The Barnes & Noble Review
Mary Pope Osborne's adventure-loving kids say "aloha" to Hawaii in the 28th installment of the Magic Tree House series.
After Jack and Annie are instructed by Morgan to "find a special magic" by building "a special kind of ship," they're off for some magical merriment with native Hawaiians. The kids meet up with two other youngsters, Kama and Boka, who instruct Jack and Annie on island life, including hula dancing, surfing, and how to make poi. Trouble brews when Jack gets grumpy because he has a tough time riding the waves, and then a tsunami threatens. But after hightailing it to safety, the gang let Jack tell the story with a shake of his hula-hips, and they realize the value of their new friends. As it turns out, the "ship" they discover is "friendship," and with their newfound knowledge, the two new Magicians of Everyday Magic are set to put it toward more exciting trips.
With plenty of sunny action for kids and useful information for teachers and parents, Osborne's tropics-bound tree house is ultra fun! As usual, the author makes learning about other cultures as easy as "poi," with Hawaii being a fantastic and magical site for the fourth "special magic" book.
In this continuation of the children's series the "Magic Tree House," Jack and Annie are whisked away to old Hawaii. When they arrive they are just in time to attend a Luau and meet two young Hawaiians who open their home to them for the night. The next day the four children go surfing, an activity that Jack is uncertain about. After his first failed attempt, and teasing from the other children, he waits on the beach while the other children go surfing again. While he is waiting he feels an earthquake and consults one of his books on Hawaii for more information. He reads that earthquakes at Hawaii can result in a tsunami and quickly catches the other children's attention and warns them of the danger. The children make it to safety just in time and Jack and Annie soon return to their own time. Tidbits of information about Hawaiian culture and history intersperse the text, along with illustrations of scenes occurring in the chapters. Some background information is provided concerning how the children found the Magic Tree House, and how they know where they are going and the tasks they are supposed to perform. However, the book would be more interesting if read as part of the series instead of as a stand-alone piece of fiction. A very brief Hawaiian timeline and brief facts about Hawaii appear at the end of the text, along with a list of titles in the Magic Tree House Series. High Tide in Hawaii is number 28 in the "Magic Tree House" series. 2003, Random House,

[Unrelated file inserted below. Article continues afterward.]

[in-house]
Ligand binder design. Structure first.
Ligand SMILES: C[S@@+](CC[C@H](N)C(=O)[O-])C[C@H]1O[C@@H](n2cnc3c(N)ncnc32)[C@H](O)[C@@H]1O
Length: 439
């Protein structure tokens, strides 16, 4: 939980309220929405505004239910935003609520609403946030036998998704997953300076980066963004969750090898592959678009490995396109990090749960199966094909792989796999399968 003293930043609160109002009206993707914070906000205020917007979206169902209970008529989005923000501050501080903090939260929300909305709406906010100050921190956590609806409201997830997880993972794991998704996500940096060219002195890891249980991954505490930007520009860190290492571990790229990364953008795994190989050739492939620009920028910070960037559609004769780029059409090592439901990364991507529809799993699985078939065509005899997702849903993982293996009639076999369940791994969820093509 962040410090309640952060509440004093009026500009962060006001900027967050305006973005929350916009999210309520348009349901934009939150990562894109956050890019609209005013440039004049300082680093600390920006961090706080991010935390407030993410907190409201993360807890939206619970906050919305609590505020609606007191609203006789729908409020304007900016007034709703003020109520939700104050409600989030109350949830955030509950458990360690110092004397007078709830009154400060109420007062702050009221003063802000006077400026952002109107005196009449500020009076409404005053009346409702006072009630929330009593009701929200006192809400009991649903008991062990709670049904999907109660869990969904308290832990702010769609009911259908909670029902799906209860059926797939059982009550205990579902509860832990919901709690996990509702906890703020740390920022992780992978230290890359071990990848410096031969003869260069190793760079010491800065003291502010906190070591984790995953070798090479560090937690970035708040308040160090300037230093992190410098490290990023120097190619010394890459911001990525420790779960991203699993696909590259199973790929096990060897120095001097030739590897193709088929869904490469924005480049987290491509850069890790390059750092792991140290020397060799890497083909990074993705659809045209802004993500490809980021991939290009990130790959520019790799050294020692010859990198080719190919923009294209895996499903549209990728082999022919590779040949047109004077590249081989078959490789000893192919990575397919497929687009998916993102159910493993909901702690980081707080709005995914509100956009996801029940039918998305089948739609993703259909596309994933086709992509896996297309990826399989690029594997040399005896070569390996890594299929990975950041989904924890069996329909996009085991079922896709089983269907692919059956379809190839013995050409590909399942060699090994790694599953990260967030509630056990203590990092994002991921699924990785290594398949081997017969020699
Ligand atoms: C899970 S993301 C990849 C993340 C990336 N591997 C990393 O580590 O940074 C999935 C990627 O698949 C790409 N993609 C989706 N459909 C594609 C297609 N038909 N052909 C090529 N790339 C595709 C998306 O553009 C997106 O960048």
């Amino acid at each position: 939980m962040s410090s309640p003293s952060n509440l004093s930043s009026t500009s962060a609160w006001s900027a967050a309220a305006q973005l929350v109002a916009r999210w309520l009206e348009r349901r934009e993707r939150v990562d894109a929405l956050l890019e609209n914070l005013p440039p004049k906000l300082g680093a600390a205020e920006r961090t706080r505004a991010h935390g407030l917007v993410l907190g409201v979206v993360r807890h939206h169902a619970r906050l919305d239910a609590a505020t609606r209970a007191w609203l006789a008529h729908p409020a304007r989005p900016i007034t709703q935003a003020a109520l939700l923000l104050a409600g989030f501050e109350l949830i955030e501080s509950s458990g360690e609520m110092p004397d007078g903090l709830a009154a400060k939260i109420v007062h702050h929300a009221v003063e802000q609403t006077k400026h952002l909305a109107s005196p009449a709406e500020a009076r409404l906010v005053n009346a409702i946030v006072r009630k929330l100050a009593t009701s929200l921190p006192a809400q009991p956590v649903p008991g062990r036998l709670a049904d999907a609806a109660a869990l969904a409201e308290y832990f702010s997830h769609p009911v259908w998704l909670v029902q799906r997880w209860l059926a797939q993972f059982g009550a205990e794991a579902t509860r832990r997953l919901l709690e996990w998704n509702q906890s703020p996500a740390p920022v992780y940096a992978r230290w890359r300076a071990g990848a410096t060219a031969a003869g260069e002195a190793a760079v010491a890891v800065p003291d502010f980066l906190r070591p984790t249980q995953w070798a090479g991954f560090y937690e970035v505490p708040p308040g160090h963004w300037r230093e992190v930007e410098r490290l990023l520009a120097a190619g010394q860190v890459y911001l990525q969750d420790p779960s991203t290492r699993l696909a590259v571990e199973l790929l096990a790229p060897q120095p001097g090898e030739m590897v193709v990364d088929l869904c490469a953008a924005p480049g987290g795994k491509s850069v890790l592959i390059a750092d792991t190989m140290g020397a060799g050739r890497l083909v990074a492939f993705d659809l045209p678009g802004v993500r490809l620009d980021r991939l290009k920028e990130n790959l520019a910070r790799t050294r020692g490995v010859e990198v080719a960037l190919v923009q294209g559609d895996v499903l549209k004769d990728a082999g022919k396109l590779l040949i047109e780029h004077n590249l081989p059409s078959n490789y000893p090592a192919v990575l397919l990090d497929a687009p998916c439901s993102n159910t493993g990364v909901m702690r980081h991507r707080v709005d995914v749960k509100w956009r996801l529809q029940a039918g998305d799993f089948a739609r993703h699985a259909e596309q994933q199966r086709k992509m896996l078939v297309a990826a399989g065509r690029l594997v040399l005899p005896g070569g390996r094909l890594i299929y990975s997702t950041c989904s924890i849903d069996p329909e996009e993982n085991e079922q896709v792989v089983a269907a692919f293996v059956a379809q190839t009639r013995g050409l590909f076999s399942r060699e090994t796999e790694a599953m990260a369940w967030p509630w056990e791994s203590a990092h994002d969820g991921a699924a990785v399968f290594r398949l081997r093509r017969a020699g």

Danielle Williams <%ISBN%>0375806164